A new startup launching today called Everwise is looking to help. The San Francisco and New York-based startup, which was co-founded by tech industry veteran and current Yahoo board chairman Maynard Webb and former Audium founder and Cisco executive Mike Bergelson, has built a tech-powered platform for matching “protégés” with the right mentors and shepherding them through a six-month-long advisory relationship.
In an interview this week, Bergelson, who serves as Everwise’s CEO, said the service plugs data from a participant’s LinkedIn profile as well as a personalized questionnaire into its matching algorithm (which is based on Everwise’s studies of some 60,000 mentoring partnerships) to pair him or her with a volunteer executive from another company with complementary skills to serve as a mentor. The idea is that sometimes people aren’t always the best at choosing the right mentor on their own.
“Mentor marketplaces as they exist today aren’t always working, because the people with most compelling titles and sexiest businesses get all the attention, even if they aren’t the right fit,” Bergelson said. “Everwise is like the eHarmony for mentoring… Our aim is to build longer lasting relationships that span with interactions over months.”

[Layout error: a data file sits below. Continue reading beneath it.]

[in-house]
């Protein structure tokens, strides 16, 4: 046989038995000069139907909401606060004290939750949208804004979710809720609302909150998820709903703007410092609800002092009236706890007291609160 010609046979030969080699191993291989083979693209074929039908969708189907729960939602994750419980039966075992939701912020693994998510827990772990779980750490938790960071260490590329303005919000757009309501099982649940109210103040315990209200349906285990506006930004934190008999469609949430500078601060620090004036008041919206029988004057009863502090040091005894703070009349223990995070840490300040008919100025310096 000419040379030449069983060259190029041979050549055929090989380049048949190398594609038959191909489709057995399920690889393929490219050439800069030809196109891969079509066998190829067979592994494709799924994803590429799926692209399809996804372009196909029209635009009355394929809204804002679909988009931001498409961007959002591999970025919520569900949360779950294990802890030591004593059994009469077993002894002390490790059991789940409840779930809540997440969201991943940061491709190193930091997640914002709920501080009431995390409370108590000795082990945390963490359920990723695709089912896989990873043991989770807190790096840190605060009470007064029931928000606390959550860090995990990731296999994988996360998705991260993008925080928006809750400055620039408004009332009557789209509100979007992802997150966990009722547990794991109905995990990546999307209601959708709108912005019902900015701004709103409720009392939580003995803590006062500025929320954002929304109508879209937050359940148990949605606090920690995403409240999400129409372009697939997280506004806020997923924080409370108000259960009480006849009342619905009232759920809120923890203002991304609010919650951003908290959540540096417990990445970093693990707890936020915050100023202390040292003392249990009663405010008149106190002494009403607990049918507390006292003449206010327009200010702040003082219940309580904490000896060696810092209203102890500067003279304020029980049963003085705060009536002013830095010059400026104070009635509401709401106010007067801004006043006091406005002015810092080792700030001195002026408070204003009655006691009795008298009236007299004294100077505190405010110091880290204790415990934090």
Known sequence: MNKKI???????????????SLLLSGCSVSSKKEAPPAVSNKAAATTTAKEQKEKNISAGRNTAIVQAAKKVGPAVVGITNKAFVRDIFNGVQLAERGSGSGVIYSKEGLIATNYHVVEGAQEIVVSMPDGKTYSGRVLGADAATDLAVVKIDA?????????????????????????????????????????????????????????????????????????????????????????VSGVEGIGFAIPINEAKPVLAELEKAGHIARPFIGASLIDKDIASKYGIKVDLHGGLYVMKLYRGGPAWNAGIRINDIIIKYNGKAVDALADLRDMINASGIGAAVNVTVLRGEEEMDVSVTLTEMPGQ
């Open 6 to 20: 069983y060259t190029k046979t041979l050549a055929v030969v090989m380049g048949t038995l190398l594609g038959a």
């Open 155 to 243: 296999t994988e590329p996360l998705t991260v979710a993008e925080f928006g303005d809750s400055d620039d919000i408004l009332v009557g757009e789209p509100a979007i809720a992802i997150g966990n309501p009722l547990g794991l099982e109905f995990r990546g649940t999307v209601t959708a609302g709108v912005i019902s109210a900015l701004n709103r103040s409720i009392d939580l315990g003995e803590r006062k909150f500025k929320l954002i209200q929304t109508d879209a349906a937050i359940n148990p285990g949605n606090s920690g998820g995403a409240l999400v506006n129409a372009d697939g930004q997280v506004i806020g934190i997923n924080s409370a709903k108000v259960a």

In addition to the software, Everwise provides a human element here too. The company has contracted live “relationship managers” who help shepherd the mentoring relationships from day one, checking in with phone calls and surveys to gather feedback and provide guidance.
There’s a price to this. Everwise charges each protégé $150 per month to use the site, and mentors, which are heavily vetted by the site, participate as volunteers. That might seem expensive, but at an enterprise level it’s been received well: Over the past year in Everwise’s private beta, companies such as Hewlett Packard, Direct Energy, and Sigma Aldrich have paid for their employees to find mentors through the program. “When we talk to companies about the pricing, our monthly price costs about the same as one day of management training,” Bergelson said.
Bergelson said that Everwise is different from other services in the mentoring space such as Clarity, since it is focused more on people in the corporate world than on entrepreneurs. Looking ahead, though, the company could look to scale out its technology and service beyond the white-collar sphere. Bergelson explained the vision like this:
“If we can figure out a way to provide a service that’s really valuable for really senior, swtiched-on, engaged Silicon Valley people at the HPs and the eBays of the world, and do that in a scalable way, then the platform and the technology could be used in lots of different contexts. Nowadays people have 11 jobs on average by time they’re in mid-thirties. Careers are ending up in places in infinite numbers of ways. The role of the mentor, the role of guidance, is even more important now than it has been.”
Everwise, which has raised just under $1 million in seed funding, has a full-time staff of 14.